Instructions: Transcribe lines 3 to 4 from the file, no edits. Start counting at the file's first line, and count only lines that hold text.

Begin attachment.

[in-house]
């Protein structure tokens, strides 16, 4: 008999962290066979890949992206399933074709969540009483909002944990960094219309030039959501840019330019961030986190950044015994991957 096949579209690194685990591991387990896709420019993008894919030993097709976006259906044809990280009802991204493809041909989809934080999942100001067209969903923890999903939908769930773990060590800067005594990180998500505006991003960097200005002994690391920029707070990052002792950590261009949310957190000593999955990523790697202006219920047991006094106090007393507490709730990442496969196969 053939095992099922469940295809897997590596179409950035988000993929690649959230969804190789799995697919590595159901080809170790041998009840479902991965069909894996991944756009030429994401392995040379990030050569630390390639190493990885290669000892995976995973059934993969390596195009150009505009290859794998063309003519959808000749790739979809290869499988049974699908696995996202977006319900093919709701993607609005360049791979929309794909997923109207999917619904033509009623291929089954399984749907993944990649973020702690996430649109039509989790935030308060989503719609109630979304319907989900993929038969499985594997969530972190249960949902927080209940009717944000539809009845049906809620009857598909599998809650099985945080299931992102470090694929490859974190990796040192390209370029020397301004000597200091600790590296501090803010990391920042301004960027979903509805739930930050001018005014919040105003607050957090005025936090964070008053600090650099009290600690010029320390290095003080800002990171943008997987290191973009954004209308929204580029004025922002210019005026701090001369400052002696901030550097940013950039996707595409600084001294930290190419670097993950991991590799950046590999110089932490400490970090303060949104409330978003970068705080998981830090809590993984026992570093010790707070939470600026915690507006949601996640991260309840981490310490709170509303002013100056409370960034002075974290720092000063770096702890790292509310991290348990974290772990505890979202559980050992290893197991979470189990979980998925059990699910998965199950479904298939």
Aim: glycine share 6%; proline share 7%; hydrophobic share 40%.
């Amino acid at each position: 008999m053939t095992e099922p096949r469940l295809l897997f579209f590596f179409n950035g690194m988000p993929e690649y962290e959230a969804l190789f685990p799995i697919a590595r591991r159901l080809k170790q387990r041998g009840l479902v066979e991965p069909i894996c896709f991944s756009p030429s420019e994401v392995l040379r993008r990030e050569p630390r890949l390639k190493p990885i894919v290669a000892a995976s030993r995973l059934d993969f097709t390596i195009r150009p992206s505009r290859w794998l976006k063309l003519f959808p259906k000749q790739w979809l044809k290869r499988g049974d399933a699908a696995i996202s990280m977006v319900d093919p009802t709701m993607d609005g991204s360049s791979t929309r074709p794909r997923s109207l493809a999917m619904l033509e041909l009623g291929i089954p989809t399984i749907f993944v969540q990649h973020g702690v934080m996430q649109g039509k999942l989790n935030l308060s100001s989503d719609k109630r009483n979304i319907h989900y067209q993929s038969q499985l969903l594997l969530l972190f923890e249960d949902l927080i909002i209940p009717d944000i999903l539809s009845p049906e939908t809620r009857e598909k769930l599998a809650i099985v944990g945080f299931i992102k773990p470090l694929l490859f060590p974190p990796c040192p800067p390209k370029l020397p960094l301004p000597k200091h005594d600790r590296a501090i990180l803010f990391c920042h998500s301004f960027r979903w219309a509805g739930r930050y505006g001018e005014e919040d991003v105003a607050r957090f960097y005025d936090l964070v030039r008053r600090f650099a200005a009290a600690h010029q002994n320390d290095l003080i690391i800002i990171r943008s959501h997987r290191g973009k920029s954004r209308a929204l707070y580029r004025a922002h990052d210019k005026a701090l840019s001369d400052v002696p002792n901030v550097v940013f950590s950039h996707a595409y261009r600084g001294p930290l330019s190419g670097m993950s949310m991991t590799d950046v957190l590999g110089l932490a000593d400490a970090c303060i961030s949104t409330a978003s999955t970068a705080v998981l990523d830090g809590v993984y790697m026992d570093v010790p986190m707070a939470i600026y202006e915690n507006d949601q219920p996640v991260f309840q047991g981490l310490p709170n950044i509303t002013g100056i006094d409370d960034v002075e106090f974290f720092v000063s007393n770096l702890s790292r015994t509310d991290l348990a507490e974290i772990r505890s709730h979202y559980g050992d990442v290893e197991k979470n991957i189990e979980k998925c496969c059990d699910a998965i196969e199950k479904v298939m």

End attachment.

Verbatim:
Aim: glycine share 6%; proline share 7%; hydrophobic share 40%.
């Amino acid at each position: 008999m053939t095992e099922p096949r469940l295809l897997f579209f590596f179409n950035g690194m988000p993929e690649y962290e959230a969804l190789f685990p799995i697919a590595r591991r159901l080809k170790q387990r041998g009840l479902v066979e991965p069909i894996c896709f991944s756009p030429s420019e994401v392995l040379r993008r990030e050569p630390r890949l390639k190493p990885i894919v290669a000892a995976s030993r995973l059934d993969f097709t390596i195009r150009p992206s505009r290859w794998l976006k063309l003519f959808p259906k000749q790739w979809l044809k290869r499988g049974d399933a699908a696995i996202s990280m977006v319900d093919p009802t709701m993607d609005g991204s360049s791979t929309r074709p794909r997923s109207l493809a999917m619904l033509e041909l009623g291929i089954p989809t399984i749907f993944v969540q990649h973020g702690v934080m996430q649109g039509k999942l989790n935030l308060s100001s989503d719609k109630r009483n979304i319907h989900y067209q993929s038969q499985l969903l594997l969530l972190f923890e249960d949902l927080i909002i209940p009717d944000i999903l539809s009845p049906e939908t809620r009857e598909k769930l599998a809650i099985v944990g945080f299931i992102k773990p470090l694929l490859f060590p974190p990796c040192p800067p390209k370029l020397p960094l301004p000597k200091h005594d600790r590296a501090i990180l803010f990391c920042h998500s301004f960027r979903w219309a509805g739930r930050y505006g001018e005014e919040d991003v105003a607050r957090f960097y005025d936090l964070v030039r008053r600090f650099a200005a009290a600690h010029q002994n320390d290095l003080i690391i800002i990171r943008s959501h997987r290191g973009k920029s954004r209308a929204l707070y580029r004025a922002h990052d210019k005026a701090l840019s001369d400052v002696p002792n901030v550097v940013f950590s950039h996707a595409y261009r600084g001294p930290l330019s190419g670097m993950s949310m991991t590799d950046v957190l590999g110089l932490a000593d400490a970090c303060i961030s949104t409330a978003s999955t970068a705080v998981l990523d830090g809590v993984y790697m026992d570093v010790p986190m707070a939470i600026y202006e915690n507006d949601q219920p996640v991260f309840q047991g981490l310490p709170n950044i509303t002013g100056i006094d409370d960034v002075e106090f974290f720092v000063s007393n770096l702890s790292r015994t509310d991290l348990a507490e974290i772990r505890s709730h979202y559980g050992d990442v290893e197991k979470n991957i189990e979980k998925c496969c059990d699910a998965i196969e199950k479904v298939m």